HSI soars on US fiscal cliff deal

Updated: 2013-01-03 06:53

By Oswald Chan(HK Edition)

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HSI soars on US fiscal cliff deal

People walk past a display of the Hang Seng Index (HSI) closing figures on Wednesday. The HSI surged to a 19-month high on Wednesday as investors celebrated Tuesday's US fiscal cliff deal. Antony Dickson / AFP

Stock index reaches 19-month high; views mixed on future market trend

Hong Kong shares kicked off the first session of the 2013 new year by closing at a 19-month high, as investors cheered the passage of a bill in the United States Congress that averted the fiscal cliff crisis and eased worry of a recession in the world's largest economy.

The Hang Seng Index (HSI) closed up 655 points, nearly 2.9 percent to 23,312 points on Wednesday, its highest since June 2011. Bourse turnover was at its best since Dec 18 as Wednesday's turnover amounted to HK$82.4 billion. The China Enterprises Index (CEI) of the top mainland company listings in Hong Kong ended up 4 percent to 11,897 points in its best daily gain in a year.

Counters such as growth-sensitive mainland metal producers and sports brands that were among the biggest laggards in 2012 were among the biggest percentage gainers on the day. Citic Pacific surged 11.4 percent, while Li Ning soared 11.9 percent and ANTA Sports jumped 8 percent, all in strong volumes.

Mainland financial stocks were among the biggest index boosts after official manufacturing data on Tuesday held steady in December, matching November's seven-month high. China Life Insurance Co, the world's largest insurer by market value, added 6.7 percent. Industrial & Commercial Bank of China Ltd, the nation's largest lender, rose 3.6 percent.

Macao gaming shares extended gains after data at midday showed gambling revenue in Macao hit a record high in December. Sands China jumped 5.3 percent, while Wynn Macau rose 2.8 percent.

"(In the) short term the market sentiment will remain quite positive because investors believe the fiscal cliff can be avoided," said Ben Kwong, chief operating officer at brokerage KGI Asia Ltd in Hong Kong.

The US House of Representatives passed legislation that breaks a year long impasse over how to head off $600 billion in tax increases and spending cuts set to begin taking effect in January 2013.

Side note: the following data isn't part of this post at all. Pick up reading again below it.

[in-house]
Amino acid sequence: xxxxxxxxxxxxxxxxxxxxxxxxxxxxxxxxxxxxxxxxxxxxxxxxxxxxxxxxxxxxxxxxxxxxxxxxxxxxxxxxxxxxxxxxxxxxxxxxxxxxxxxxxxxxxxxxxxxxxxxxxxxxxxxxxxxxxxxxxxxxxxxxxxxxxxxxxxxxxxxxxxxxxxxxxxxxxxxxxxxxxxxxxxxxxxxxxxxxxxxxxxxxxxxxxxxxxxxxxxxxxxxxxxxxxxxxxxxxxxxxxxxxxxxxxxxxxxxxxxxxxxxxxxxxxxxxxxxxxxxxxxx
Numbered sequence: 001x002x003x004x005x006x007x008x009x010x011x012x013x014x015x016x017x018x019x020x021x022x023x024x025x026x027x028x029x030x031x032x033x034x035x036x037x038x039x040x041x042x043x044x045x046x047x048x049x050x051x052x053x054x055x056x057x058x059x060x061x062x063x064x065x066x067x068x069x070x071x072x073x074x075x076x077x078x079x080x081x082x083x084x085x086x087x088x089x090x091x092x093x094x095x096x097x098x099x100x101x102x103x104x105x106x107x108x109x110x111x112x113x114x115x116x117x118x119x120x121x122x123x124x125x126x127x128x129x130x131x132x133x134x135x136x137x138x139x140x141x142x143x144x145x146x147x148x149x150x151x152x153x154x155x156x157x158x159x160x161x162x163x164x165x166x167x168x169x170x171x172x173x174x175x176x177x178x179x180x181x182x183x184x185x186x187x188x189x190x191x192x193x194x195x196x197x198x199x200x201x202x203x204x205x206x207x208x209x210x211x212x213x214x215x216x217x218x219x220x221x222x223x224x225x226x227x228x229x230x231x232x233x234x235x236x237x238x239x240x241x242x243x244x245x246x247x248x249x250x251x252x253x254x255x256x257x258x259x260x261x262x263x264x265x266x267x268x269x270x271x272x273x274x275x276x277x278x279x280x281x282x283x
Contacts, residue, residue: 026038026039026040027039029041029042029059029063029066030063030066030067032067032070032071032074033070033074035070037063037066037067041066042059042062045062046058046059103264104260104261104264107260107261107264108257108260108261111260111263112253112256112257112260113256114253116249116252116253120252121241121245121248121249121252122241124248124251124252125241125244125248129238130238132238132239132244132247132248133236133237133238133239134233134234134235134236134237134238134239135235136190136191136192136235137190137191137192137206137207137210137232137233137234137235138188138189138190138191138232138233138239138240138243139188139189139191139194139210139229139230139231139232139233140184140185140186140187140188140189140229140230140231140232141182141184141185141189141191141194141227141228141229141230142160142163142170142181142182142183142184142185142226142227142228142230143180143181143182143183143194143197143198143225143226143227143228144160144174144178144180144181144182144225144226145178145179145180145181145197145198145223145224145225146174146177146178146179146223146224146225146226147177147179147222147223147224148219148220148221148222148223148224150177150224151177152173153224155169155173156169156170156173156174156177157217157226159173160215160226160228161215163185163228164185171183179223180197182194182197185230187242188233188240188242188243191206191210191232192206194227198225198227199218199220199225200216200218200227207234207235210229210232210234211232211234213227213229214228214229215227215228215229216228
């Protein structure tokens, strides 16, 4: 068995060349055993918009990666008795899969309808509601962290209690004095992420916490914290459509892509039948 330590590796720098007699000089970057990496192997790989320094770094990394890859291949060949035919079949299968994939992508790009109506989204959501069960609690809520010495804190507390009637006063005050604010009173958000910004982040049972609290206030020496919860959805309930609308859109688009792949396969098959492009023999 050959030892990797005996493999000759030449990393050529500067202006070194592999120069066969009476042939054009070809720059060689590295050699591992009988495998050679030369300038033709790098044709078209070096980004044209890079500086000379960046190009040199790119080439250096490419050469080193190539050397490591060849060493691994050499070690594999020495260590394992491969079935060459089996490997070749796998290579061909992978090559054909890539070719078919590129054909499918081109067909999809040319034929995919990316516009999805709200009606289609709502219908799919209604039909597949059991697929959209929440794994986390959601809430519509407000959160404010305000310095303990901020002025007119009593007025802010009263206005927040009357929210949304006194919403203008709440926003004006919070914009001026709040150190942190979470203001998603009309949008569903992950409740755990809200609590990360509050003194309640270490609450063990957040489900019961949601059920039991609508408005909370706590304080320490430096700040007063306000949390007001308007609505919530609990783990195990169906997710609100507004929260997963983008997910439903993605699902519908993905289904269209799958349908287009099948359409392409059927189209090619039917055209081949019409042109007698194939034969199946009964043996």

"The China PMI of course is another stimulus for the market. Those major gainers today are the mainland-related stocks. Investors are expecting continued improvement of the mainland economy to further boost confidence on A-shares," KGI's Kwong reckoned.

The China Purchasing Managers' Index was 50.6 in December, the National Bureau of Statistics and China Federation of Logistics and Purchasing said. That compares with the 51.0 median estimate in a Bloomberg News survey of 27 analysts and 50.6 in November. A reading above 50 indicates expansion.

"Fuelled by the capital inflows and the possible rebound of the mainland A-share market, the Hong Kong share market should be well supported at the current market level," AMTD Securities Business Division General Manager Kenny Tang told China Daily.

However, Castor Pang, Head of Research at Core Pacific-Yamaichi, begged to differ. "The market is too optimistic toward the fiscal cliff issue. If the financial market realizes the fiscal cliff issue has not (been) resolved as anticipated, the market may exert downward correction pressures," Pang told China Daily.

"The cyclical rebound of the local CEI should extend into the first half of 2013, depending on how vigorously the central government will introduce the economic reforms," said Catherine Cheung, Head of Investment Strategy and Research at Citibank Global Consumer Group. "We cannot rule out the local share market may exhibit downward correction."

CCB International Securities, in its 2013 market outlook report, said that the rising liquidity and falling equity risk premium have been the principal drivers of mainland's recent stock market rally. Interest rate sensitivity, a cyclical earnings recovery and future government policies are the three investment themes that investors can ride on.

Hong Kong's benchmark index gained 23 percent in 2012, its biggest annual increase since 2009, amid signs mainland's economy is improving and as central banks around the globe added stimulus to boost growth. Shares on the measure traded at 11.9 times average estimated earnings compared with 13.6 times for the Standard & Poor's 500 Index and 12.7 times for the Stoxx Europe 600 Index, according to data compiled by Bloomberg.

Bloomberg and Reuters contributed to this story


(HK Edition 01/03/2013 page2)